• Thursday, April 26, Martha Precup, Northwestern University

Hungry for Hungary? Study Mathematics in Budapest

Applications for the Budapest Semesters in Mathematics Education (BSME) are currently being accepted for Fall 2018 (deadline April 1) and Spring 2019 (deadline November 1) semesters. The applications are reviewed on a rolling basis, so students are encouraged to apply early, using the website

They also have a new program, Summer@BSME, a six-week summer program. They are capping the inaugural Summer 2018 session at 16 participants, and the space has started to fill up. So students are encouraged to apply early. The deadline for the summer application is March 1.

BSME is a study abroad program in Budapest, Hungary, designed for undergraduates and recent graduates interested in the learning and teaching of secondary mathematics. Participants will study the Hungarian approach to learning and teaching, in which a strong and explicit emphasis is placed on problem solving, mathematical creativity, and communication. BSME is specifically intended for students who are not only passionate about mathematics, but also the teaching of mathematics.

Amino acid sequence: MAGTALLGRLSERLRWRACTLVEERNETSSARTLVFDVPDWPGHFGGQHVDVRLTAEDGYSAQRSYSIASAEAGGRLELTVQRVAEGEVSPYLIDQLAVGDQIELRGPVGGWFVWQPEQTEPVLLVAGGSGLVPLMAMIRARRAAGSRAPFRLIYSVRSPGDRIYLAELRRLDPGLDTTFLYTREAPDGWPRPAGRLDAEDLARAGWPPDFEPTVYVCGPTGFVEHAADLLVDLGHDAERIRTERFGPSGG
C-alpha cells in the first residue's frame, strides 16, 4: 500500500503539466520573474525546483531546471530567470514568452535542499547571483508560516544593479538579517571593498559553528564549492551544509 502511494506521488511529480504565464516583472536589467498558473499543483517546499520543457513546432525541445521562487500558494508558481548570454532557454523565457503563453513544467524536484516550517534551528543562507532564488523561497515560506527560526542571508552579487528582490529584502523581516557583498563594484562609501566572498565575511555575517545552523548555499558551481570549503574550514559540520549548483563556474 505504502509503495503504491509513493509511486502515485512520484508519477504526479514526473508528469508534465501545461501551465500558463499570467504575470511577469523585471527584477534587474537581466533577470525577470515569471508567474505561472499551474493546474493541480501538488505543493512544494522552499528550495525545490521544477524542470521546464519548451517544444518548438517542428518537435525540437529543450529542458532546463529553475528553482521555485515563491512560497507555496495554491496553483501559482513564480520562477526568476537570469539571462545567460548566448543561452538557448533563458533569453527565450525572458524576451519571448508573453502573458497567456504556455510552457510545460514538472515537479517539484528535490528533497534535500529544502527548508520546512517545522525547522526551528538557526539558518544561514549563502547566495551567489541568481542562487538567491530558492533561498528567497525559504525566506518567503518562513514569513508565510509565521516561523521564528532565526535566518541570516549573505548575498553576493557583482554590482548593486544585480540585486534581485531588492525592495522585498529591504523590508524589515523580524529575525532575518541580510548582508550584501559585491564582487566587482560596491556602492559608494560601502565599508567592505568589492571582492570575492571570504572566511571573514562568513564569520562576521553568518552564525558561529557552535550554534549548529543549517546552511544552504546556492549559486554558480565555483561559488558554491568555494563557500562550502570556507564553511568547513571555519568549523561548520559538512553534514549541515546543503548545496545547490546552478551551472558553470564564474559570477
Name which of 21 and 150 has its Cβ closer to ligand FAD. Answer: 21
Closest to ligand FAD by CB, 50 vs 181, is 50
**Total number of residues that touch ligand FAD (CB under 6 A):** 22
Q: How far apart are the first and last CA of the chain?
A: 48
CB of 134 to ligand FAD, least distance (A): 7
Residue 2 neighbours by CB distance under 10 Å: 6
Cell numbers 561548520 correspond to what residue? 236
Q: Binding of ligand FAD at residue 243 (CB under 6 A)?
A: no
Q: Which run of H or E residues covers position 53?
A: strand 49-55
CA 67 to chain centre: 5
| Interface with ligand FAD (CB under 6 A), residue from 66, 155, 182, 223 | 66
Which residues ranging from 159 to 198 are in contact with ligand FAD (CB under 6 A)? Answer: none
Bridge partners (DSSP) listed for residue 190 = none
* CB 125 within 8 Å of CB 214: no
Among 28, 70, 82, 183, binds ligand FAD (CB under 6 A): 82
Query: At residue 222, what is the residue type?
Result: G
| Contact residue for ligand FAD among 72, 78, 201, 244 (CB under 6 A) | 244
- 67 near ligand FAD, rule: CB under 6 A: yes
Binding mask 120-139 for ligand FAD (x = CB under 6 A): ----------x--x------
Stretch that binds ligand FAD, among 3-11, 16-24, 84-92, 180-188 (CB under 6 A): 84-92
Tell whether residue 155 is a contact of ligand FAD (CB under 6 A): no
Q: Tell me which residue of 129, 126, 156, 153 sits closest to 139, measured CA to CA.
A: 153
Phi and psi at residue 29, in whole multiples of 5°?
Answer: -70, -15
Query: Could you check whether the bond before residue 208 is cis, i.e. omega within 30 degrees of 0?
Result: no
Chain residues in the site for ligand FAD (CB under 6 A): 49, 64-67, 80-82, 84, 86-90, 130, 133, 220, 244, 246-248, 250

For more information you may email ( or phone (507-786-3821).

April 1
Summer workshop on big data available to undergraduates

The University of Michigan Biostatistics, Statistics and Electrical Engineering & Computer Science departments are running a six-week workshop this June and July in Ann Arbor on big data, targeted specifically at undergraduates. There is no cost to attend, and accepted applicants will receive a stipend to cover living expenses.

Lectures will be led by a diverse group of stellar biostatistics, statistics, electrical engineering, and computer science faculty at the University of Michigan. Working in teams, students will participate in mentored big data research projects.